Here are a few tips when making cakes to decorate:

Generally you will want a bit denser cake than what a cake mix will give you. Since you are generally slicing cakes into layers or shapes, you want a dense cake that can be handled without falling apart. The recipes I’ve used are sometimes Bundt cake recipes. Sometimes the back of the cake mix box will have a recipe for turning the mix into a bundt cake or pound cake with extra ingredients.

 

The recipe I’m including today is one I collected out of a magazine a long time ago and have been wanting to try. It turned out great and was very moist and dark. It also doesn’t contain eggs, which is kind of weird but not unheard of. It is very similar to my grandma’s Crazy Cake recipe (I’ll have to post that one sometime too). There are so many different types of cakes and countless recipes out there, use your favorite. I have to add though, I just had another piece of the leftover cake (2 days after it was baked and frosted) and it is even better now. I also think freezing un-frosted cakes makes them moister once thawed. So making and decorating cakes almost requires you do them n advance. I mean, think about those cake shows…they take days to decorate and just have partially finished cakes sitting around for days before they are eaten. So no worries about them staying fresh, they are actually better a few days later.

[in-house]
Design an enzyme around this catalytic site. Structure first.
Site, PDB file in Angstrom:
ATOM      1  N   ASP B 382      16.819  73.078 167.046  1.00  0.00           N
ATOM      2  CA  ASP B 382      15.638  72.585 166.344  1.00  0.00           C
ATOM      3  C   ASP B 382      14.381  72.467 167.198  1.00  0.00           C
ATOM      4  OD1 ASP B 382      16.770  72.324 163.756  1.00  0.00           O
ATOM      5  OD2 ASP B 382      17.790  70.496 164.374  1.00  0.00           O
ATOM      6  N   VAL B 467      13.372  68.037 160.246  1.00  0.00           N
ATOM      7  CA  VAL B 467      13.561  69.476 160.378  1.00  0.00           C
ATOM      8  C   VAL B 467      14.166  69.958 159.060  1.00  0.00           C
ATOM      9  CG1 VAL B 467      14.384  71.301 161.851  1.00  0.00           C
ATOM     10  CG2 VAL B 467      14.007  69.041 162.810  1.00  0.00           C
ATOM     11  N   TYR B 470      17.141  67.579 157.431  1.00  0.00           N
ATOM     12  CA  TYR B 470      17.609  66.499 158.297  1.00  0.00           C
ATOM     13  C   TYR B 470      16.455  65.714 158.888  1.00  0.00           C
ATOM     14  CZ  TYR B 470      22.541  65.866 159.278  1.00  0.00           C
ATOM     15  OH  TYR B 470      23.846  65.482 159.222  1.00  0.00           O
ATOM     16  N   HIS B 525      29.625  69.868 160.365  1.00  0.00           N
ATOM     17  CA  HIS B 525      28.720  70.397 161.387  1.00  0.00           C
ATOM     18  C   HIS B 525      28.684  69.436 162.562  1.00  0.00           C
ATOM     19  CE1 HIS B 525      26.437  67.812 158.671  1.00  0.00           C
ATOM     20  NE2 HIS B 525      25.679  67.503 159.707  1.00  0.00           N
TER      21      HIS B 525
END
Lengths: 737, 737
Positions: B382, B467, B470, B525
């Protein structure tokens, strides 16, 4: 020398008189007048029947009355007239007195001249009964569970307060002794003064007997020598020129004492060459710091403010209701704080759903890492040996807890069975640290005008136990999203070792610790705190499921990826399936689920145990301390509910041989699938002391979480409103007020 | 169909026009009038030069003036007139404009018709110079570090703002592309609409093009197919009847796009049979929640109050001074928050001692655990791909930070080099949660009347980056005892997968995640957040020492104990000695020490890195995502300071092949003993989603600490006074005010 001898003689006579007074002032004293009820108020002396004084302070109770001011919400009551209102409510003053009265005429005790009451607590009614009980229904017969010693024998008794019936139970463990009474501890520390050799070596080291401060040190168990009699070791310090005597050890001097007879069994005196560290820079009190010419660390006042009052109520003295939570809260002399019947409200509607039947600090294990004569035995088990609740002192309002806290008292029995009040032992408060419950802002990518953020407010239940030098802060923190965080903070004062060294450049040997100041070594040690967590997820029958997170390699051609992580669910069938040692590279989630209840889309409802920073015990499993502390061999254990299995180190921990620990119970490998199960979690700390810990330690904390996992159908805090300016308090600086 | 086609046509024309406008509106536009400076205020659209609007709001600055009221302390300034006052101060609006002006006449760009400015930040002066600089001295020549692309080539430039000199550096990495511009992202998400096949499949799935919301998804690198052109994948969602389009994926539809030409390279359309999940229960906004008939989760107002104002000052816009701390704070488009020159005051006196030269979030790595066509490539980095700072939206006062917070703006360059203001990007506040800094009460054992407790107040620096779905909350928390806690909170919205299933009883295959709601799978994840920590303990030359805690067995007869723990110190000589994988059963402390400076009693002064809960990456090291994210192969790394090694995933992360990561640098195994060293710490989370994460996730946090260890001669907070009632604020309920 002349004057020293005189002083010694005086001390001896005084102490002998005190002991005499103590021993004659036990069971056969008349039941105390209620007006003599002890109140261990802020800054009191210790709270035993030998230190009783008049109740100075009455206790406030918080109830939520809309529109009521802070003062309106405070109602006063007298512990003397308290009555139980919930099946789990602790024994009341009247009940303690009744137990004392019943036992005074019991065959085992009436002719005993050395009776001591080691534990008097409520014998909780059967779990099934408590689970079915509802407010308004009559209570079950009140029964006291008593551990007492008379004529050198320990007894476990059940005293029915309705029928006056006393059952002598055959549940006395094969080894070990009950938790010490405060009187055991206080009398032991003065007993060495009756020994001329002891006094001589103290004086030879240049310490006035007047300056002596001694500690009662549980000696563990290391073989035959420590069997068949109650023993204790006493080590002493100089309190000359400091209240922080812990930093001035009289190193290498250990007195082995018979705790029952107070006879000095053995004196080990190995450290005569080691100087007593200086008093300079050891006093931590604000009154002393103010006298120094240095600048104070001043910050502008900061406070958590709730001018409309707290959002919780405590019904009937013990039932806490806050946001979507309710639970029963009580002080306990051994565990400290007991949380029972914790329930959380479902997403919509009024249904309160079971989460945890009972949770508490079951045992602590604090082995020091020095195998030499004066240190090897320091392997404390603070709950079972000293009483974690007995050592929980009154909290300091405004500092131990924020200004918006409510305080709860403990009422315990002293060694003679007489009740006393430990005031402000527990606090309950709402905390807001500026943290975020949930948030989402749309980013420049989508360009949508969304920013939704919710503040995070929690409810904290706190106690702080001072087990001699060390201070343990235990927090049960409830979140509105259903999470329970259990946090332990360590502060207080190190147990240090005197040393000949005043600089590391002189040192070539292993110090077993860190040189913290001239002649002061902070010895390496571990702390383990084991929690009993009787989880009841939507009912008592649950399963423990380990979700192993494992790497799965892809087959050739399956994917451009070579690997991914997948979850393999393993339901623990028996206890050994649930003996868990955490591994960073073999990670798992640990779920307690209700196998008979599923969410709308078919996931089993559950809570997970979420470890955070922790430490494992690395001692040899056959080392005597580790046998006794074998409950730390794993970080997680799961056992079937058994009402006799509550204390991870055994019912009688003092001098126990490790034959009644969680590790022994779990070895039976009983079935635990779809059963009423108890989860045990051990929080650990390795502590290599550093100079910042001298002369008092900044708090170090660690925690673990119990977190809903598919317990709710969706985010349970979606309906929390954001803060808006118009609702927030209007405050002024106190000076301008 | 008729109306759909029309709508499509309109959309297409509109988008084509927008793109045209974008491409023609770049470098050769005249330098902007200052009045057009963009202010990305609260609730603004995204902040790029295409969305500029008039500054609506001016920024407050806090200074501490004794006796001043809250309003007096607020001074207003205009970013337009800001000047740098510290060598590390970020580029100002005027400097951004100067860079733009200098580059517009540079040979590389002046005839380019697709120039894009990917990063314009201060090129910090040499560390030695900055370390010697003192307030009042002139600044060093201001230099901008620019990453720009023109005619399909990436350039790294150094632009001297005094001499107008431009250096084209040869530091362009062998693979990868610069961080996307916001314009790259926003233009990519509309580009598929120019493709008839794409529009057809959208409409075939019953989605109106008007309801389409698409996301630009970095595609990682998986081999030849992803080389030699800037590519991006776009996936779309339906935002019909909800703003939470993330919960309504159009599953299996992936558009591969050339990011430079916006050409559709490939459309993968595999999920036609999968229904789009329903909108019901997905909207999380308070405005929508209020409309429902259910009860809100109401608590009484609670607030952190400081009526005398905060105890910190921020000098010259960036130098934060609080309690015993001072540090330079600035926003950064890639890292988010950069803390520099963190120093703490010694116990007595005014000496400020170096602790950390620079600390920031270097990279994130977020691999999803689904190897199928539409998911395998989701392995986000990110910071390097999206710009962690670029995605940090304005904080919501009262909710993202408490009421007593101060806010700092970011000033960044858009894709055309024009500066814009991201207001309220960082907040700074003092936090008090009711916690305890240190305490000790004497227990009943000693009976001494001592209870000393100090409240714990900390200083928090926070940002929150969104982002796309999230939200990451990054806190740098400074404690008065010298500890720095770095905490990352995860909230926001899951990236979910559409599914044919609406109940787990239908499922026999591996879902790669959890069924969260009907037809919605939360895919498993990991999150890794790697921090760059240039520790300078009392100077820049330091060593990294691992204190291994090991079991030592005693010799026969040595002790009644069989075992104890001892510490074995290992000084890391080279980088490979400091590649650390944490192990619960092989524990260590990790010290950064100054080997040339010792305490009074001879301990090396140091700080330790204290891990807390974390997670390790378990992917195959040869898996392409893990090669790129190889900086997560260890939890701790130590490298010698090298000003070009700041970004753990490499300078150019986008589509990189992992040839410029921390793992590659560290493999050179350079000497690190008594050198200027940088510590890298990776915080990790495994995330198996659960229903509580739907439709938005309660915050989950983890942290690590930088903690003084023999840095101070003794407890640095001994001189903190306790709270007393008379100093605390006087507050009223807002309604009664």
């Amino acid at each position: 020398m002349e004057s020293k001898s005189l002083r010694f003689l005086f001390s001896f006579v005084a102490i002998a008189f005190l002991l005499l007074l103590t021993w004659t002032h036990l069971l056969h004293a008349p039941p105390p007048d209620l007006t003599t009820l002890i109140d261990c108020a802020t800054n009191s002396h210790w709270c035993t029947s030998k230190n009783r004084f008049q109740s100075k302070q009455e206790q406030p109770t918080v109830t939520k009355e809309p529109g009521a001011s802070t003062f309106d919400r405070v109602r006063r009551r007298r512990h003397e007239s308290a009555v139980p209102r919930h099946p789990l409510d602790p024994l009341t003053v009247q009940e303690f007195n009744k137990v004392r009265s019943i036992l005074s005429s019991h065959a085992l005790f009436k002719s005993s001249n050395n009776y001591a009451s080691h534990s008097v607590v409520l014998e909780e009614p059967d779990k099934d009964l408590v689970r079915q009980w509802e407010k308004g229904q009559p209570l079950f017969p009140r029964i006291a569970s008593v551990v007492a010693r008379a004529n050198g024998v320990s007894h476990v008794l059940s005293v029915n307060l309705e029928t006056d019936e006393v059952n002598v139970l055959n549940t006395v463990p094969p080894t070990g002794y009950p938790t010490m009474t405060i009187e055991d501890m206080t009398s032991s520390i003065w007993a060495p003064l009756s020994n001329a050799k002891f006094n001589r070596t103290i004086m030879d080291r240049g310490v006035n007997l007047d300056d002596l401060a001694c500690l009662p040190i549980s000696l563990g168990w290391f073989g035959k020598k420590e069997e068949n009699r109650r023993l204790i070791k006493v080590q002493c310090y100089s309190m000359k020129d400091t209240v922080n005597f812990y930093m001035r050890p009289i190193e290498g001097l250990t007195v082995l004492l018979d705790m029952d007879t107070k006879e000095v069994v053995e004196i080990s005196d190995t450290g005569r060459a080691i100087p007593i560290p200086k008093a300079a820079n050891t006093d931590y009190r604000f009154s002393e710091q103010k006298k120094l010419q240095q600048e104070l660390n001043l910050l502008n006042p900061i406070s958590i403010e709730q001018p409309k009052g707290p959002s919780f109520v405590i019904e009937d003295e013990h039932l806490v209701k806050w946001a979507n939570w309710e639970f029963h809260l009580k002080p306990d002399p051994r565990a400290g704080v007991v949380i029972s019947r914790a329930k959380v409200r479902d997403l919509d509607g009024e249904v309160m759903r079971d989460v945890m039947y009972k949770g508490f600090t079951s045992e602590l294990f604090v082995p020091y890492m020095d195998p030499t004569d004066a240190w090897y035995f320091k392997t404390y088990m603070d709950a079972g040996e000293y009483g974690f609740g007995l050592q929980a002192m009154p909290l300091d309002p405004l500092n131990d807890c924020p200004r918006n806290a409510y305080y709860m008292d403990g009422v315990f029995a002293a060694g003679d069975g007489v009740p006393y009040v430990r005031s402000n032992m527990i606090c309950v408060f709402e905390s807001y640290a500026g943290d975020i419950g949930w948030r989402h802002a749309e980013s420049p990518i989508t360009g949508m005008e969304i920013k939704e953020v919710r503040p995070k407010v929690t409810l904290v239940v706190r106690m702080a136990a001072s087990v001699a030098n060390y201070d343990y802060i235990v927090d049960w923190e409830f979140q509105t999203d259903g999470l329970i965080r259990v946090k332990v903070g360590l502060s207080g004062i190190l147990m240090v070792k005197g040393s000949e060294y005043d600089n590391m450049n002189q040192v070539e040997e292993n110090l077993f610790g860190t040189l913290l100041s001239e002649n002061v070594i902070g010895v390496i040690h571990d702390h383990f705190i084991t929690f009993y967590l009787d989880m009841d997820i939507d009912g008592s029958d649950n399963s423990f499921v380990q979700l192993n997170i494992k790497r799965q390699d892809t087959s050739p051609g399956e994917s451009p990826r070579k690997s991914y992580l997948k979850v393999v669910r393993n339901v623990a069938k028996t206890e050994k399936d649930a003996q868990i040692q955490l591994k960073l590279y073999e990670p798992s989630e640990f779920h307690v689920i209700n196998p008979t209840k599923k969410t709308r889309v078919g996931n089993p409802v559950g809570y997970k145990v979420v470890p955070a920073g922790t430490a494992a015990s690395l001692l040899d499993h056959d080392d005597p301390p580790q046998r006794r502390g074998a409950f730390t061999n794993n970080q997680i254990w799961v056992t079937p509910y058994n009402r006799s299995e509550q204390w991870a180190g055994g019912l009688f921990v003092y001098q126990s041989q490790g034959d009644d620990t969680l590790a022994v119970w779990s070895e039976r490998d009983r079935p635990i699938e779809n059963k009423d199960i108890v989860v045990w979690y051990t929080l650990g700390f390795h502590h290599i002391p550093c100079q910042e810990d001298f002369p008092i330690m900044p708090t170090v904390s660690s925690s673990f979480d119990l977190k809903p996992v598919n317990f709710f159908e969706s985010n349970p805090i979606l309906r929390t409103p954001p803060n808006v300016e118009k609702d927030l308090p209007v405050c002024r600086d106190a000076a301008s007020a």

When you are cutting, shaping or slicing layers of cake, use a serrated knife. A lazy susan makes slicing layers into even thinner layers if you simply keep the knife mostly still and turn the cake on the table against it.

 

Heat is generally the enemy when it comes to decorating cakes. Frosting acts quite different when it’s warm than when it is at a cool room temperature. If you have problems, open some windows, crank the air conditioning or refrigerate your frosting for a few minutes to firm it up.

 

Food coloring can also make frosting runny, especially if you have to add a lot to achieve a dark color. You can buy paste food color at specialty kitchen or cake/candy making supply stores that doesn’t add as much liquid to the frosting.

 

Before you start putting fancy decorations on a cake you need to frost the top and sides so you have a nice smooth surface. First use a thin layer of frosting called the crumb coat. It will seal all the cracks and crumbs so you get a nice pretty layer on top. Let this first coat dry slightly to the touch. Then you can spread on a nice thick layer of frosting and it won’t be marred by errant crumbs getting mixed in.

 

I really have fun with using decorating bags and tips but if you don’t want to invest in them, you can try putting your frosting in a plastic bag with a corner cut off. You can also fold a piece of waxed paper into a cone and snip the corner for a homemade decorating bag.

 

Chocolate Cake

3 cups flour

2 cups sugar

6 tbsp baking cocoa

2 tsp baking soda

1 tsp salt

2 cups water

2/3 cup vegetable oil

2 tsp white vinegar

2 tsp vanilla extract

 

In a large bowl, combine the dry ingredients. Add the water, oil, vinegar and vanilla. Beat on low speed for 1 minute. Increase the speed and beat on medium for 1 more minute. Pour into a greased (and floured if you are planning to invert it and frost the sides) 9×13 inch pan. Bake at 350 for 40-45 minutes or until a toothpick inserted into the center comes out clean. Cool before frosting.

** For the football cake I doubled the recipe and poured about 3 cups of the batter into my 4-cup batter bowl and the rest into the cake pan.

 

Chocolate Buttercream (adapted from an Alton Brown recipe)

1 ½ cups butter, softened

2 tbsp mayonnaise

6 oz. semisweet chocolate chips, melted and cooled

2-3 cups powdered sugar, depending on the consistency you want, the softness of the butter and the heat in your kitchen